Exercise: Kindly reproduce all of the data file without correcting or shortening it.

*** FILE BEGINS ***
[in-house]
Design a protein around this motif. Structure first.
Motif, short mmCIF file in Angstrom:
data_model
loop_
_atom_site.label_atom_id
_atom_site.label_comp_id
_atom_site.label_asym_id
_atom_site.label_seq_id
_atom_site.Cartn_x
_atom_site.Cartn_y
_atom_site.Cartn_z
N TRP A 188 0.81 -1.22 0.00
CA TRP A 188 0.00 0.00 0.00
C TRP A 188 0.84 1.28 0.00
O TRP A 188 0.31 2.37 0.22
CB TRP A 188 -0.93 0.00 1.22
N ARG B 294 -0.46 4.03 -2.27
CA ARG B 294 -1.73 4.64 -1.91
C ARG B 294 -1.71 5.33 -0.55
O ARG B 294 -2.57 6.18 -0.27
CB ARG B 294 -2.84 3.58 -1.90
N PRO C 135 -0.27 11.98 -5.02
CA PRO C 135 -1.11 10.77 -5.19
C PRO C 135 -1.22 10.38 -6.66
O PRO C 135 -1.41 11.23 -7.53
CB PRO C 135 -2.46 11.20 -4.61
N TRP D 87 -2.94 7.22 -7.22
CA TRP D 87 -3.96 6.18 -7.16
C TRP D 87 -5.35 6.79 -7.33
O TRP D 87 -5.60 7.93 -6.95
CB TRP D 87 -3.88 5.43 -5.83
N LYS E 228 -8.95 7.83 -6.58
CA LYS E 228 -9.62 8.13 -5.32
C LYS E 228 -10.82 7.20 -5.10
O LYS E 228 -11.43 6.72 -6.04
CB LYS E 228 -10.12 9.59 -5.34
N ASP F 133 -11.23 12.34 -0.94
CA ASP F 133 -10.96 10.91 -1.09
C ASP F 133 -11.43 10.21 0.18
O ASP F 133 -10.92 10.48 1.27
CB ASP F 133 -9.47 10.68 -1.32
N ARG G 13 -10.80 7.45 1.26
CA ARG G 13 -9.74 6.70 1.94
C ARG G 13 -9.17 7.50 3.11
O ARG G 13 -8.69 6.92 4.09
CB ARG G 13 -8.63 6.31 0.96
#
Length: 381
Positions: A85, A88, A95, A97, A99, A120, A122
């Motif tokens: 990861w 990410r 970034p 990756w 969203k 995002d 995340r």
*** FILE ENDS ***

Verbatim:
[in-house]
Design a protein around this motif. Structure first.
Motif, short mmCIF file in Angstrom:
data_model
loop_
_atom_site.label_atom_id
_atom_site.label_comp_id
_atom_site.label_asym_id
_atom_site.label_seq_id
_atom_site.Cartn_x
_atom_site.Cartn_y
_atom_site.Cartn_z
N TRP A 188 0.81 -1.22 0.00
CA TRP A 188 0.00 0.00 0.00
C TRP A 188 0.84 1.28 0.00
O TRP A 188 0.31 2.37 0.22
CB TRP A 188 -0.93 0.00 1.22
N ARG B 294 -0.46 4.03 -2.27
CA ARG B 294 -1.73 4.64 -1.91
C ARG B 294 -1.71 5.33 -0.55
O ARG B 294 -2.57 6.18 -0.27
CB ARG B 294 -2.84 3.58 -1.90
N PRO C 135 -0.27 11.98 -5.02
CA PRO C 135 -1.11 10.77 -5.19
C PRO C 135 -1.22 10.38 -6.66
O PRO C 135 -1.41 11.23 -7.53
CB PRO C 135 -2.46 11.20 -4.61
N TRP D 87 -2.94 7.22 -7.22
CA TRP D 87 -3.96 6.18 -7.16
C TRP D 87 -5.35 6.79 -7.33
O TRP D 87 -5.60 7.93 -6.95
CB TRP D 87 -3.88 5.43 -5.83
N LYS E 228 -8.95 7.83 -6.58
CA LYS E 228 -9.62 8.13 -5.32
C LYS E 228 -10.82 7.20 -5.10
O LYS E 228 -11.43 6.72 -6.04
CB LYS E 228 -10.12 9.59 -5.34
N ASP F 133 -11.23 12.34 -0.94
CA ASP F 133 -10.96 10.91 -1.09
C ASP F 133 -11.43 10.21 0.18
O ASP F 133 -10.92 10.48 1.27
CB ASP F 133 -9.47 10.68 -1.32
N ARG G 13 -10.80 7.45 1.26
CA ARG G 13 -9.74 6.70 1.94
C ARG G 13 -9.17 7.50 3.11
O ARG G 13 -8.69 6.92 4.09
CB ARG G 13 -8.63 6.31 0.96
#
Length: 381
Positions: A85, A88, A95, A97, A99, A120, A122
């Motif tokens: 990861w 990410r 970034p 990756w 969203k 995002d 995340r």